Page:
Leveraged ETFs - Yeah or Nay?

Leveraged ETFs have become increasingly popular among short term traders, investors, the media and various regulating agencies recently. They are usually designed to seek a multiple of the performance returns of a Benchmark Index.

Prior to their increasing popularity, traders and investors would buy them with their only thought prior to opening a position being wanting to add a boost to their returns.

They initially were offered as "2x leveraged ETFs", or "Double Return" and come in "Inverse" relationships as well. "Inverse" meaning "opposite performance return".

As their popularity increased, they began offering them in "3x Leveraged ETFs" or "Triple Return" Funds. That's when the "mania" started to hit. Traders were jumping on board like crazy. Scalpers, Day Traders, Swing Traders and Long Term Investors were all joining in.

Then one day people started to notice that the performance results at the end of each day did not always match the Index the Leveraged ETF was tracking. Not just that, but over multiple days, weeks and months, the results were off even more in many cases.

This is when the complaints probably started to pour in to the regulators. What had happened was that many of the people using these securities for trading and investing did not realize what they were actually buying and selling. How many of you have ever read a "prospectus"?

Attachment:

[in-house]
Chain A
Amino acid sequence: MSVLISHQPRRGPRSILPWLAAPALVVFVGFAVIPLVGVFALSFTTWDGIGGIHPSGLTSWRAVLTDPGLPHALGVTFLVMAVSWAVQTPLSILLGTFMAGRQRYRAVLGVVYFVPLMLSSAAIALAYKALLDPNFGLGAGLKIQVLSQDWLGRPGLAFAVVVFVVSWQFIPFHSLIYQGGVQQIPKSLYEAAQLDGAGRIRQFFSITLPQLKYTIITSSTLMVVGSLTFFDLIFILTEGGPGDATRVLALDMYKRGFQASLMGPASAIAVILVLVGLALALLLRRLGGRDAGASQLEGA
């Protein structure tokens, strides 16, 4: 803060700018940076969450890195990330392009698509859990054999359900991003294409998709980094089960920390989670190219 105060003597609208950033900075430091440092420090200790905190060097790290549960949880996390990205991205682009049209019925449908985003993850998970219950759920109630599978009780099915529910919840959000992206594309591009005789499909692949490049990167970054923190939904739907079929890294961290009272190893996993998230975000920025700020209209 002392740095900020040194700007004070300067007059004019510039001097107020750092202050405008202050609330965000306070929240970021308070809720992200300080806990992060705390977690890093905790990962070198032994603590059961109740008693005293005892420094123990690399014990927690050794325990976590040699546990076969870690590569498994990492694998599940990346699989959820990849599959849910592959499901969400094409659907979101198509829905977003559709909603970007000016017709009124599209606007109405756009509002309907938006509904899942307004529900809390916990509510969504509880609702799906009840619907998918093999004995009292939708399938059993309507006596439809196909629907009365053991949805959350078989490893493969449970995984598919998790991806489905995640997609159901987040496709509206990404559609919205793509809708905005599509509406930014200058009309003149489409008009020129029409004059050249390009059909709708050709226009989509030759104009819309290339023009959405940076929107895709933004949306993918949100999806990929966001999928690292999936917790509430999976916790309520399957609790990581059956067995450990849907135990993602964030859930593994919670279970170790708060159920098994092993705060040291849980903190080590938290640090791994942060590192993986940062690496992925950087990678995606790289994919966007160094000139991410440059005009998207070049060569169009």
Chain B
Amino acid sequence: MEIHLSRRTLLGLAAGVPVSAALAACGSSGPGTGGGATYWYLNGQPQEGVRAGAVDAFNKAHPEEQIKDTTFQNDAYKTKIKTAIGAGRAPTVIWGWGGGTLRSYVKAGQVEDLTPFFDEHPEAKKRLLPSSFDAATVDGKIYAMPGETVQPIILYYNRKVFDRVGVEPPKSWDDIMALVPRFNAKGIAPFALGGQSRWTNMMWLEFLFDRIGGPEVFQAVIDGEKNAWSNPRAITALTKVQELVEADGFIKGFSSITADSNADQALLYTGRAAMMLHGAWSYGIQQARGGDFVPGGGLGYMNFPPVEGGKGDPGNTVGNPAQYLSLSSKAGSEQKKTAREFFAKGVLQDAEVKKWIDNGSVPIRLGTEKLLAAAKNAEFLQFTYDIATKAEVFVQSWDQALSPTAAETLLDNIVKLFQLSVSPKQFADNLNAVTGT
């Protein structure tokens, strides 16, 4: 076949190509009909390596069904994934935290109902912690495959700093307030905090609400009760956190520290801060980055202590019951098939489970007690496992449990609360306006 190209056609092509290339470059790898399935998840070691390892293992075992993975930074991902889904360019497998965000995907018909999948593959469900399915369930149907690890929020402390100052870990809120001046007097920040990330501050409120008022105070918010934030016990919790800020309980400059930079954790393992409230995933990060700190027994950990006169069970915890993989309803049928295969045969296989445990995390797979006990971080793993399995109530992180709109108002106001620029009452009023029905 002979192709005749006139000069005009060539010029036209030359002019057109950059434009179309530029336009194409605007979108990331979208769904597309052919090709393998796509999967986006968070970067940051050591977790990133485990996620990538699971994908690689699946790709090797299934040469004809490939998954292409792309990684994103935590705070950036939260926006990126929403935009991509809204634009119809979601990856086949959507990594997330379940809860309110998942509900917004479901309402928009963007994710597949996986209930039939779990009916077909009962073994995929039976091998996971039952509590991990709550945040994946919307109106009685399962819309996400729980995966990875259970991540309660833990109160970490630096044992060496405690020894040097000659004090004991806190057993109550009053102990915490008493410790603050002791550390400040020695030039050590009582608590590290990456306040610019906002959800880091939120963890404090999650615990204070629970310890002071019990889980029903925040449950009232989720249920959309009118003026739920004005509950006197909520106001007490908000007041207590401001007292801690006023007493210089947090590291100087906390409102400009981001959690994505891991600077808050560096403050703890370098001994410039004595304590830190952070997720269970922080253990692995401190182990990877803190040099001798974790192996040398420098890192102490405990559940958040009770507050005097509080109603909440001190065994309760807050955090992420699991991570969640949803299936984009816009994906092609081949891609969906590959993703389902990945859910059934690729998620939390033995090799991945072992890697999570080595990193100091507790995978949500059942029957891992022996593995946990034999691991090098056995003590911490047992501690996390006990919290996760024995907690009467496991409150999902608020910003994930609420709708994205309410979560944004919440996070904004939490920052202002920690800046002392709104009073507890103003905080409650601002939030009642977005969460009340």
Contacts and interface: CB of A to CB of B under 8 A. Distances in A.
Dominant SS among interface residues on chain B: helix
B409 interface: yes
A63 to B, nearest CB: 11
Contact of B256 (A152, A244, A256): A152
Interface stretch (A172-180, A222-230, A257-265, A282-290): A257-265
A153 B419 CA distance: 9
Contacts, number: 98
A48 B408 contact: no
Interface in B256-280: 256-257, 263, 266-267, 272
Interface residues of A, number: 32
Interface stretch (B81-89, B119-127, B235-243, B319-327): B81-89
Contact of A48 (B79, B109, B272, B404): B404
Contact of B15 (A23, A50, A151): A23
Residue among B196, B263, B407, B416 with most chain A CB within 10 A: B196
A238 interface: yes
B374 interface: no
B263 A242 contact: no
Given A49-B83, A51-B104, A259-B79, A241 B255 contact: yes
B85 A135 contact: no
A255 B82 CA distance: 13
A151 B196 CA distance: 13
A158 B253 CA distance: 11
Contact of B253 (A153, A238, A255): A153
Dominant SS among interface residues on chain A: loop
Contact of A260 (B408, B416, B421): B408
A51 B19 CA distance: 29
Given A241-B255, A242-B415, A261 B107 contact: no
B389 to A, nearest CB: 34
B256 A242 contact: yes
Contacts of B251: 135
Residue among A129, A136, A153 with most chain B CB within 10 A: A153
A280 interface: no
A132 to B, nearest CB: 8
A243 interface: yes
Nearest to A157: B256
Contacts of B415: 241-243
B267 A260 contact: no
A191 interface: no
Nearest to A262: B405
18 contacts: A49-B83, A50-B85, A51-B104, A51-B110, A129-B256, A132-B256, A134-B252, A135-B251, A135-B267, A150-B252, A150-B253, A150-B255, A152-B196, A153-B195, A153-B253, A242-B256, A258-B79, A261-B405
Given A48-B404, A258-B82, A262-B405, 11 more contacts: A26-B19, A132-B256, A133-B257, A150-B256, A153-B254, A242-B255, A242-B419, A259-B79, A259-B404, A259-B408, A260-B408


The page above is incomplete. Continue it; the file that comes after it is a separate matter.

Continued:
I have looked at various charts comparing Leveraged ETFs performance in the past and found some that I would feel comfortable with trading intraday as well as Swing Trading for a few weeks at a time. The longest I would personally hold a position in any of them would be around 2-3 months based on charts I have researched. In the end though, the choice has to be your own.

Here is a 3 month chart showing a performance comparison between SPY, SSO and SDS. SPY being an ETF that seeks to track the S&P 500. SSO being a 200% ProShares ETF and SDS being a -200% (Inverse) ETF:

Leveraged ETFs Comparison

Using Leveraged ETFs for short term trading can be a successful trading alternative, but you must research each Fund to find out what you are trading and how they are designed and calculated. Also remember that if they trade during the day like a stock, they are also being priced according to market supply and demand, not the exact index it is designed to closely track. Again, do some research on the particular fund you wish to trade.

Here are a few links to research this topic further on your own:

All investments carry risk. Learning about the risk each investment carries will enable you to make a much better decision than if you just "jumped on the Bandwagon".

Return From "Leveraged ETFs" To "Stock Market Basics"

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